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Social Power and Legal Culture

March 20, 2010

Melissa Macauley. Social Power and Legal Culture: Litigation Masters in Late Imperial China. Stanford: Stanford University Press, 1999.

Zhou Guanghui (2003)

Litigation masters, who played an important but illicit part in legal practice in late imperial China, have received little scholarly attention prior to Melissa Macauley’s seminal volume. In this book, Macauley undertakes the examination of litigation masterly activities by situating them in the broad context of commercial revolution, cultural interplay within the urban-rural nexus, and late imperial bureaucratic retrenchment. He study greatly enriches our understanding of Chinese legal practice as well as legal culture.

As Macauley demonstrates, litigation masters, as an identifiable social entity, were mostly from the ranks of low literati. Their activities mainly included providing legal services, including the writing of legal accusations for people who sought them out. Unlike their Western counterparts – lawyers who acted as the agents of the centralizing state at the expense of local powers – litigation masters were deemed useless to the state-building projects of imperial China, and remained out-of-view power brokers within local arenas. Macauley forcefully argues that the litigation masters often helped the weaker party in a dispute by breaking free of the local informal mediation system and allowing the case to reach the government. She also challenges earlier works on Chinese law and society that tended to emphasize ideological hegemony, by pointing out that law could be used by all parties in contests of power.

Litigation masters emerged historically as a response to the demand for legal service during an age of commercialization and changing conceptions of poverty. Still, officials and elites kept condemning litigation masterly activities. In Chinese legal practice, the system of formal adjudication at the county level was designed to discourage lawsuits by relying on considerable informal mediation by male elders and other esteemed villagers. Litigation masters prompted government intervention by making numerous false accusations and exaggerated appeals. The government was thereby forced to consider their cases. This not only deprived local elites of their dominance through informal mediation, but also increased the backlog of civil lawsuits selected for the review of higher officials. Litigation was fundamentally immoral in a Chinese legal culture that was oriented toward a Confucian ideology stressing social harmony. This explains why there was universal and persistent resentment of litigation masters among state and local elites. Interestingly, as Macauley shows in her analysis of opera and other popular culture, in contrast to this official discourse there was also a non-official trend among lumpen literati toward regarding litigation masters in a more favorable light.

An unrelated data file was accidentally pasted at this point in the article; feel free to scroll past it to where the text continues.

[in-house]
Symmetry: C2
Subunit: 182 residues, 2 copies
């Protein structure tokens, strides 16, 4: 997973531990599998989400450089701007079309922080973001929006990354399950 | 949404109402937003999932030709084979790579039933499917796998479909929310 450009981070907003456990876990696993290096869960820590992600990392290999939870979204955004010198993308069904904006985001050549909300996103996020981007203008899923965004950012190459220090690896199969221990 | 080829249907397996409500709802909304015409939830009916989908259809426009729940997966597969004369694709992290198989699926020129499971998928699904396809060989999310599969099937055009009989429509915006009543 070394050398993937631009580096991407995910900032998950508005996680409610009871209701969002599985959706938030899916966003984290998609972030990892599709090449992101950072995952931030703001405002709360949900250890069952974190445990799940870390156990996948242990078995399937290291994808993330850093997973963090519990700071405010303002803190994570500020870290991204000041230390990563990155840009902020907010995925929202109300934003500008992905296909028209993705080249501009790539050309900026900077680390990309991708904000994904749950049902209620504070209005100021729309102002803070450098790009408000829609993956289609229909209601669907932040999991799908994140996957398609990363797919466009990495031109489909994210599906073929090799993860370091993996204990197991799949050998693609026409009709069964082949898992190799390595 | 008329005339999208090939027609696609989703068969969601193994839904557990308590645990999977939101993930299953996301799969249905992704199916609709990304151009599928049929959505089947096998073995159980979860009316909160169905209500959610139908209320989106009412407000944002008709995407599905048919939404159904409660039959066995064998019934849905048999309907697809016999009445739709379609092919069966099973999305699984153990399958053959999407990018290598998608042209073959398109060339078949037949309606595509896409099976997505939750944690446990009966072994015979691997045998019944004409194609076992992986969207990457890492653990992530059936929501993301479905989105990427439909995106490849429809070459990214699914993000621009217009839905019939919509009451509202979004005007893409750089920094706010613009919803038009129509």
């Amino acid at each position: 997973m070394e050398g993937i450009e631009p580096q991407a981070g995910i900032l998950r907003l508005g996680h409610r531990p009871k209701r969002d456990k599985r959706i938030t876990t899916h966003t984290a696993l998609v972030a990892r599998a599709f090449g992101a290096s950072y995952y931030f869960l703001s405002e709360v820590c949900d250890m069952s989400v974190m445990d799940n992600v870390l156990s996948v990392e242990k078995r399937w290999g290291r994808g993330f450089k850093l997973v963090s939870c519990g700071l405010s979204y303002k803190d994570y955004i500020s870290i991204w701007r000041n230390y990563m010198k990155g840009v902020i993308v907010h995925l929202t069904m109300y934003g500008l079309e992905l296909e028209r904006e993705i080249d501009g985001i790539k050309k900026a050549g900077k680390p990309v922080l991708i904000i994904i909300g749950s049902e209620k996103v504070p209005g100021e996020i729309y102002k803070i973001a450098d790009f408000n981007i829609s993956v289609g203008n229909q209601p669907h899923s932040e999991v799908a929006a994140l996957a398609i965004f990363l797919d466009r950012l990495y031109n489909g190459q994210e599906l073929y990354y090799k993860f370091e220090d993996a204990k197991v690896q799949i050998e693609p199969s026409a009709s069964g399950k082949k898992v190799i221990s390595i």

In his review, Matthew Sommer points out that the “greatest contribution” of this book is to “liberate us from the clichés of imperial discourse, which for centuries condemned these proto-lawyers as wicked parasites” (Journal of Asian Studies, vol. 59, Feb. 2000: 156). Yet several nagging questions still remain. Macauley provides a uniform picture of litigation masters from the late imperial period to the early republican period, and one wonders whether state-building efforts during the twentieth century, which witnessed the state aggrandizing itself at the expense of local elites, led to any change in the discourse surrounding litigation and legal specialists. Another concern is that Macauley derives this general image of litigation masters mainly from a small number of cases, and within a relatively short period. Sources, as she recognizes, contain significant prejudices. Considering that legal testimonies were often acquired through the use of torture in imperial China, one must indeed be cautious of their use.

© Copyright 2003. All rights reserved.

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